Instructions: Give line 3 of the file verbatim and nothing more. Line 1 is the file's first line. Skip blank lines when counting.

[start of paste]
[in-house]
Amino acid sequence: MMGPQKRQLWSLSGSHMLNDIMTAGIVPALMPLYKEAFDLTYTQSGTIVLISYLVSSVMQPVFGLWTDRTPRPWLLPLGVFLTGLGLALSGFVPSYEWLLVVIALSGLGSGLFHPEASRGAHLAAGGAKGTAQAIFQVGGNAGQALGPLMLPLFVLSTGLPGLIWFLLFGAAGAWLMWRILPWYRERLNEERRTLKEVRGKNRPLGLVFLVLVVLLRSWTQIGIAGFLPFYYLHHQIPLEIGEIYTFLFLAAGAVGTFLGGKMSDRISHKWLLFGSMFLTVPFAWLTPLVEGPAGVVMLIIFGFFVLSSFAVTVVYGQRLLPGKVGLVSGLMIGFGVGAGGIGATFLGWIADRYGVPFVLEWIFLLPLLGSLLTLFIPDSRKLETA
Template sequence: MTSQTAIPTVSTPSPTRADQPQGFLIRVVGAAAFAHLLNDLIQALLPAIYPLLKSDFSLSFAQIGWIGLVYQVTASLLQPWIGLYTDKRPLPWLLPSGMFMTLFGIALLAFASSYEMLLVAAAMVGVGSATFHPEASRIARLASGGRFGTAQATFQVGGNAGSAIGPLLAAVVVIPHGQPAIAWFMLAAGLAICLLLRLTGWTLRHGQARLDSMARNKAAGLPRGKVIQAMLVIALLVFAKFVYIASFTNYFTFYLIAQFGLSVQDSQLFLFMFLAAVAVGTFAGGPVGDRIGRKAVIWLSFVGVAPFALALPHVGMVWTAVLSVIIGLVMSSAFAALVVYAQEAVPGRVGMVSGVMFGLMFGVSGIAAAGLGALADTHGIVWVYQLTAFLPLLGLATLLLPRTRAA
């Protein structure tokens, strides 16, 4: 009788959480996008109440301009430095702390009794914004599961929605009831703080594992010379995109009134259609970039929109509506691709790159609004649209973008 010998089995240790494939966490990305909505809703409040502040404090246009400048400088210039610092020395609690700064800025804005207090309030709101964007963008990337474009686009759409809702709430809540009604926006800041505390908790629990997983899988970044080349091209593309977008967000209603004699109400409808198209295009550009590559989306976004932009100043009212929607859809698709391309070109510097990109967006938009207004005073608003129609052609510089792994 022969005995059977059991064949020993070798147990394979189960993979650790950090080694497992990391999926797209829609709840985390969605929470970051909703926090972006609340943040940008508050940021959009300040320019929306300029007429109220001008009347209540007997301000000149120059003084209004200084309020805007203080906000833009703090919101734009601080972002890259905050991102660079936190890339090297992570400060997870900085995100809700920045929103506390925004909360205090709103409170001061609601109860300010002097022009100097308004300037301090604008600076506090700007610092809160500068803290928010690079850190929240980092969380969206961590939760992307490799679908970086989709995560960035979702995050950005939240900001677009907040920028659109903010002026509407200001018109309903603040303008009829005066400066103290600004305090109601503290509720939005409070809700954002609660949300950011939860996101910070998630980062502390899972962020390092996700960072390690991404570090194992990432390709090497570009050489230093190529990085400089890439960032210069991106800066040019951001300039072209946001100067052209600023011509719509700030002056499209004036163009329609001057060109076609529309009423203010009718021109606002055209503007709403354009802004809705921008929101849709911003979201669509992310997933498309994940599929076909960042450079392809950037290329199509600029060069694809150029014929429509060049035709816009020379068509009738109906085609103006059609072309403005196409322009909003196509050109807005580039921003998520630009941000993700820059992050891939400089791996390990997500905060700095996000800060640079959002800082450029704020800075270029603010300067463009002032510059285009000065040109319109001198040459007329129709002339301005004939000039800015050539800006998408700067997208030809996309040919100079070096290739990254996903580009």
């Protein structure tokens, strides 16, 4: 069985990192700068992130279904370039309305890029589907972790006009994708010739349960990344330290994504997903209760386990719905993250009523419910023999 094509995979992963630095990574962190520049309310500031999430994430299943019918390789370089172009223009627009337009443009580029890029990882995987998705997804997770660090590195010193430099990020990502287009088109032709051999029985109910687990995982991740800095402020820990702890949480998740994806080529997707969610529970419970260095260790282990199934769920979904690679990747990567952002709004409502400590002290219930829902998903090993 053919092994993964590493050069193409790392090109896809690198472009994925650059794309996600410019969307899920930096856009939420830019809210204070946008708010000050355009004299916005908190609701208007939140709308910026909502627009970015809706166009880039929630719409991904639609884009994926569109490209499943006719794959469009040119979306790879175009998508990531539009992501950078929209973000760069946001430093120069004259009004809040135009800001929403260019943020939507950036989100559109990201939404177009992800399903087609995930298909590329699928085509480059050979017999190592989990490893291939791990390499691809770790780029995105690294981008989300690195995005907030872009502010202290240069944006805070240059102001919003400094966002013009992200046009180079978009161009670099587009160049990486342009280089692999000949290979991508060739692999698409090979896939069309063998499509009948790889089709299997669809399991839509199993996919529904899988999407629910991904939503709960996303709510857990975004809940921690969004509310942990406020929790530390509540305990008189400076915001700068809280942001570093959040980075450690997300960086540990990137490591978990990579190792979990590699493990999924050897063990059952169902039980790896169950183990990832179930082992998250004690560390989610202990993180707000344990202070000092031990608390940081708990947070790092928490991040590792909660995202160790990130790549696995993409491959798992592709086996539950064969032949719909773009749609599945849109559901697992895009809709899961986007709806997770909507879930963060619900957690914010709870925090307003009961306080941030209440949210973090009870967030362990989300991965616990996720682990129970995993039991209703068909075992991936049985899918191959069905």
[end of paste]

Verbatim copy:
Template sequence: MTSQTAIPTVSTPSPTRADQPQGFLIRVVGAAAFAHLLNDLIQALLPAIYPLLKSDFSLSFAQIGWIGLVYQVTASLLQPWIGLYTDKRPLPWLLPSGMFMTLFGIALLAFASSYEMLLVAAAMVGVGSATFHPEASRIARLASGGRFGTAQATFQVGGNAGSAIGPLLAAVVVIPHGQPAIAWFMLAAGLAICLLLRLTGWTLRHGQARLDSMARNKAAGLPRGKVIQAMLVIALLVFAKFVYIASFTNYFTFYLIAQFGLSVQDSQLFLFMFLAAVAVGTFAGGPVGDRIGRKAVIWLSFVGVAPFALALPHVGMVWTAVLSVIIGLVMSSAFAALVVYAQEAVPGRVGMVSGVMFGLMFGVSGIAAAGLGALADTHGIVWVYQLTAFLPLLGLATLLLPRTRAA